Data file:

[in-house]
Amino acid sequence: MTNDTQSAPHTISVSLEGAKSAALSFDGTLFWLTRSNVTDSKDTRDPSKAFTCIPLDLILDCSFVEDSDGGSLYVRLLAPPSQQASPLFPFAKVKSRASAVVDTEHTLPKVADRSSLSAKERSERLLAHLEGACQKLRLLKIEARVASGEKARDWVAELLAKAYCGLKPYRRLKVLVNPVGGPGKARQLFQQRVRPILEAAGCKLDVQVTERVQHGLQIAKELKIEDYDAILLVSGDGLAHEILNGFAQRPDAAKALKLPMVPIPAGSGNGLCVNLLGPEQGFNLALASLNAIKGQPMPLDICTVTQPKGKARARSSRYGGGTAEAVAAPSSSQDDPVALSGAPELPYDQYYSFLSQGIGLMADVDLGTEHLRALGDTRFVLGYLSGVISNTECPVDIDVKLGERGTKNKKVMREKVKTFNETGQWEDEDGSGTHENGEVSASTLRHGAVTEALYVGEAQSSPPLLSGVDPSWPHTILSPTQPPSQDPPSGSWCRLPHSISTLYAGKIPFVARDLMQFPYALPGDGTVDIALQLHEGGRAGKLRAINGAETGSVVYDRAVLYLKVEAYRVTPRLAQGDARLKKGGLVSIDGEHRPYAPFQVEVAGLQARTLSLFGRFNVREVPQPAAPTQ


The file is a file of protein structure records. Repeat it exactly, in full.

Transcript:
[in-house]
Amino acid sequence: MTNDTQSAPHTISVSLEGAKSAALSFDGTLFWLTRSNVTDSKDTRDPSKAFTCIPLDLILDCSFVEDSDGGSLYVRLLAPPSQQASPLFPFAKVKSRASAVVDTEHTLPKVADRSSLSAKERSERLLAHLEGACQKLRLLKIEARVASGEKARDWVAELLAKAYCGLKPYRRLKVLVNPVGGPGKARQLFQQRVRPILEAAGCKLDVQVTERVQHGLQIAKELKIEDYDAILLVSGDGLAHEILNGFAQRPDAAKALKLPMVPIPAGSGNGLCVNLLGPEQGFNLALASLNAIKGQPMPLDICTVTQPKGKARARSSRYGGGTAEAVAAPSSSQDDPVALSGAPELPYDQYYSFLSQGIGLMADVDLGTEHLRALGDTRFVLGYLSGVISNTECPVDIDVKLGERGTKNKKVMREKVKTFNETGQWEDEDGSGTHENGEVSASTLRHGAVTEALYVGEAQSSPPLLSGVDPSWPHTILSPTQPPSQDPPSGSWCRLPHSISTLYAGKIPFVARDLMQFPYALPGDGTVDIALQLHEGGRAGKLRAINGAETGSVVYDRAVLYLKVEAYRVTPRLAQGDARLKKGGLVSIDGEHRPYAPFQVEVAGLQARTLSLFGRFNVREVPQPAAPTQ